Monday, August 3, 2015

Giving a Plenary Talk in a New Country

Today I am flying to Bogota, Colombia where I will be giving a plenary talk at the conference: II Congreso Internacional Industria y Organizaciones.

Colombia is a "new" country for me since I have never been there. It will be about the 50th country that I have been to. I will be the only female international plenary speaker so it is important to show up and to present!

David Simchi-Levi of MIT was a plenary speaker at the same conference last year and enjoyed it so much that he highly recommended that I accept the invitation to present.

I will be hosted, in part, by Professor Javier Orjuela, whom I met at the recent EURO2015 conference in Glasgow, Scotland.

It will be great to see many operations researchers there whose research focuses on logistics including my fellow plenary speaker, Teo Crainic from Canada,  who is well-known through his INFORMS activities.

The title of my plenary talk, which I have just gone over and am very much looking forward to presenting,  is: Sustainable Supply Chain Networks for Sustainable Cities. I will be overviewing some essential supply chains to cities (energy and food ones) and  going deeper into a model that I developed with Professor Min Yu of the University of Portland and Professor Jonas Floden of the University of Gothenburg. The model includes product differentiation and competition and frequency of supply chain activities, along with emissions generated and different weghts assigned by supply chain decision-makers to the latter.
Also, I will be seeing one of my former Isenberg School of Management MBA students who is an executive in Bogota.

I am sure that it will be an exciting adventure experiencing a new country, especially given that Bogota is 8,000 feet above sea level.

I am brushing up on my Spanish. Hasta luego!

Sunday, August 2, 2015

The Academic Family Tree Going Back to Maxwell, Newton, and Galileo

I always felt like I was standing on shoulders of giants in terms of outstanding researchers and scientists and, yesterday, my most recent Isenberg doctoral student to receive the PhD, Dong "Michelle" Li, surprised me with a truly special gift. Michelle is my 18th PhD student to receive the PhD.

She had my academic math genealogy tree printed through the Mathematics Genealogy project.

Typically, one is aware (obviously) of one's own PhD students and, of course, of one's dissertation advisor and probably knows of her or his advisor but how far back can you go? Below, I am with Michelle and her parents, both of whom are academics, and who traveled to Amherst for their first visit to the US to help Michelle in her move to assume an Assistant Professorship. Michelle and I are holding a poster of my academic family tree (ancestors and progeny).

Below is a photo of my academic family tree, which includes some renowned scientists such as James Maxwell, Isaac Newton, and Galileo, going back years, and operations researchers, more recently - Stella Dafermos and her advisor, Frederick (Tom) Sparrow.

Speaking of Maxwell, my academic great-great...-grandfather was looking over us when we were recently in Scotland to attend the EUROPT and EURO2015 conferences.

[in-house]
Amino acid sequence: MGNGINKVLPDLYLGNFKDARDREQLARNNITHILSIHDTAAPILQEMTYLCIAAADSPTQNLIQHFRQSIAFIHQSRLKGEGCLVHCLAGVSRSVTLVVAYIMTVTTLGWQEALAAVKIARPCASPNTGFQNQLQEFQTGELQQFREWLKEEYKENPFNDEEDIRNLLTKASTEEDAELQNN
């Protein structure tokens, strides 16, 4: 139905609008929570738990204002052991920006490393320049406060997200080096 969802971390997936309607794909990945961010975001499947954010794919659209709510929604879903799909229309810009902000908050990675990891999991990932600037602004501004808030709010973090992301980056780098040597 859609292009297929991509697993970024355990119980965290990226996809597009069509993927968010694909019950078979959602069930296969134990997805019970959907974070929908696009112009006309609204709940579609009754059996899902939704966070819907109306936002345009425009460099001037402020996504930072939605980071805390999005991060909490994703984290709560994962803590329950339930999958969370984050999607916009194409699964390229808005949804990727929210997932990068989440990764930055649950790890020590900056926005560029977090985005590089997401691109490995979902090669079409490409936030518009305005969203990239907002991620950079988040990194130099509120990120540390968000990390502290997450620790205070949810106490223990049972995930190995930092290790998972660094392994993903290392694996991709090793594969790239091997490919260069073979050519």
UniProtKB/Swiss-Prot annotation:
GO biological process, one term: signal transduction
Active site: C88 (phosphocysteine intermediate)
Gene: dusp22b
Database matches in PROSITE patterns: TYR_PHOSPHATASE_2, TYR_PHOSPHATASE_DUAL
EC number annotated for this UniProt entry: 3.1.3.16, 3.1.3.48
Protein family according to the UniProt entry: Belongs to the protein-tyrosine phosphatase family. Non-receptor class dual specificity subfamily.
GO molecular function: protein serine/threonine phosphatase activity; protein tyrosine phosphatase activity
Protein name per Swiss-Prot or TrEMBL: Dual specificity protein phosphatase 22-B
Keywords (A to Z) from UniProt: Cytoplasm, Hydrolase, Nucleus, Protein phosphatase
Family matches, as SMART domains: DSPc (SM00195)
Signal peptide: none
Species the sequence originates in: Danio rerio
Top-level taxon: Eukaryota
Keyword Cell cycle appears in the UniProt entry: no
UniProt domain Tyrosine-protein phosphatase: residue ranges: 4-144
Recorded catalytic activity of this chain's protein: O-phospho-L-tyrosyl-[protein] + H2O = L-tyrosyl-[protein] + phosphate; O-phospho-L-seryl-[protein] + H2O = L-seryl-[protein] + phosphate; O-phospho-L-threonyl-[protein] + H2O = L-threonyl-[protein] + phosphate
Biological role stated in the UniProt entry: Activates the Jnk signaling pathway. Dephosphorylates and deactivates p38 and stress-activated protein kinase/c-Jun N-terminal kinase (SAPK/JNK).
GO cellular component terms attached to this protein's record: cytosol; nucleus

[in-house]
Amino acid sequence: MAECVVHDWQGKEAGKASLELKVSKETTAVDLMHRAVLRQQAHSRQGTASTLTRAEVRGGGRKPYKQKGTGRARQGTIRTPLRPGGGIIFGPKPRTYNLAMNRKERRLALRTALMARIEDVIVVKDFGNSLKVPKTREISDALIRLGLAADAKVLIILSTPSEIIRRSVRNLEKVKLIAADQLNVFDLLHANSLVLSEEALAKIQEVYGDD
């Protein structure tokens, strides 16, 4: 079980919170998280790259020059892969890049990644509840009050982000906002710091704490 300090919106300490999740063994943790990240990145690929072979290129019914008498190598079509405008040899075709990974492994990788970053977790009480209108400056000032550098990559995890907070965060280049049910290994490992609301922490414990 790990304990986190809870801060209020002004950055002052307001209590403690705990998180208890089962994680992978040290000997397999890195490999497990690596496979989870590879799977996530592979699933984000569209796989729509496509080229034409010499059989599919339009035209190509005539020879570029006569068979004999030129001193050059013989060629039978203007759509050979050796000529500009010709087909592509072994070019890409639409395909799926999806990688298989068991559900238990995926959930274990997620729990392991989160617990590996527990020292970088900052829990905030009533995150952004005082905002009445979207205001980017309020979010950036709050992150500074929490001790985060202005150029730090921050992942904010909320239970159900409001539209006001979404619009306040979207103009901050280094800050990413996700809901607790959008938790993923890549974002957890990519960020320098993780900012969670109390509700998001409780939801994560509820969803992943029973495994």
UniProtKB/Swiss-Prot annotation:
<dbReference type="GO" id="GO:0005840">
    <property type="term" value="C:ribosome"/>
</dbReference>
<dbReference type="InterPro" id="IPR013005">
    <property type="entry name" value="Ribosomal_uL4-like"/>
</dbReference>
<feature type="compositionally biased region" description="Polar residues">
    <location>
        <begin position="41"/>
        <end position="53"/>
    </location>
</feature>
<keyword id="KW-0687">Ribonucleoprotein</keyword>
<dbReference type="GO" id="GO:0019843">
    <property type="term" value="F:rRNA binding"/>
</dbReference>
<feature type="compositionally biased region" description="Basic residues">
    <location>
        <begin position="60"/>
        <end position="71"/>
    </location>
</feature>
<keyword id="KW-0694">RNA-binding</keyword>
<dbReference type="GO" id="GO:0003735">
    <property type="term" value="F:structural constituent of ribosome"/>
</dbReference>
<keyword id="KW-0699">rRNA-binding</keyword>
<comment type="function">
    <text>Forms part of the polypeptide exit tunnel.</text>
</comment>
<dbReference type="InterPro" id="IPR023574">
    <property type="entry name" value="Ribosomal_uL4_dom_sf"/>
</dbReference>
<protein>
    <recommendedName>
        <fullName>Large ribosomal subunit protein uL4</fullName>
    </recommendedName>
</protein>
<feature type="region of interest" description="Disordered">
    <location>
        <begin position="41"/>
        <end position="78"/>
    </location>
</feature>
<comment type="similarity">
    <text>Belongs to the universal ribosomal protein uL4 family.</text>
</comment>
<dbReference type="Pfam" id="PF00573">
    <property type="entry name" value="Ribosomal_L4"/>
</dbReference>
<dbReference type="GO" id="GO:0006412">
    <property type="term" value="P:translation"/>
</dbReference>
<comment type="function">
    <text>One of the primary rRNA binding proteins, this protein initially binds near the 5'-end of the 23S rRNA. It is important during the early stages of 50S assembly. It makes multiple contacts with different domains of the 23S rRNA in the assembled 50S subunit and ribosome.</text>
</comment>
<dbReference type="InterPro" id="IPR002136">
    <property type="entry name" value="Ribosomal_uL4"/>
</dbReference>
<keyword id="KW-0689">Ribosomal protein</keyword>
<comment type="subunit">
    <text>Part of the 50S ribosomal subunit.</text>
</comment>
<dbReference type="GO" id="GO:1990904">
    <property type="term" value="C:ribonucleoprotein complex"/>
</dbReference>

And, since the above photo of the academic family tree is hard to read, below I have included snapshots of the huge poster that Michelle presented to me. What surprises me is the list of academic ancestors that I have who received their PhDs from the University of Edinburgh or the University of Cambridge! Next spring I will be a Visiting Fellow at Oxford University so will have to stop by Cambridge to pay my respects.
 
 
 
It is quite amazing that operations researchers can trace their lineage to physicists but, then again, the father of operations research, Philip Morse, was a physicist!

And since I could not fit all of my PhD students into a readable photo the full list is here.

Just over 4 years ago, OR superstar and fellow blogger, Mike Trick, had a great post: Hello cousin!  In it he noted that we were actually cousins, academically related through Frederick (Tom) Sparrow, who was my advisor's (Stella Dafermos') advisor at The John Hopkins University. His post inspired my blogpost at that time.

Tuesday, July 28, 2015

Latest News from the Supernetwork Center @IsenbergUMass

It's a very exciting time to be an operations researcher and analytics professional with so many fascinating problems to work on and to contribute to the solution of.

I have been so lucky to have had and to continue to have such fabulous students, both graduate and undergraduate ones, as well as collaborators from around the globe.

Much of our research is done through the Virtual Center of Supernetworks that I founded back in 2001.

What makes me so proud is the successes of my students, both present and former! It's always a delight to receive email messages or a phone call in which they share with me their accomplishments and, of course, to also share good news face to face!

Quite a few of my former PhD students are now Center Associates of the Supernetwork Center and, three times a year, we produce its newsletter -  The Supernetwork Sentinel.

We are pleased to report that the Summer 2015 edition of The Supernetwork Sentinel is now online and it reports news from the Center since the Winter 2015 edition and until the beginning of July. The newsletter can be downloaded here from the Supernetwork Center website.

 All the editions of The Supernetwork Sentinel, going back to the Fall of 2003, can be accessed here.

Collaborations are key to solving tough problems and I am so grateful for my wonderful Supernetwork Team.
 

Friday, July 24, 2015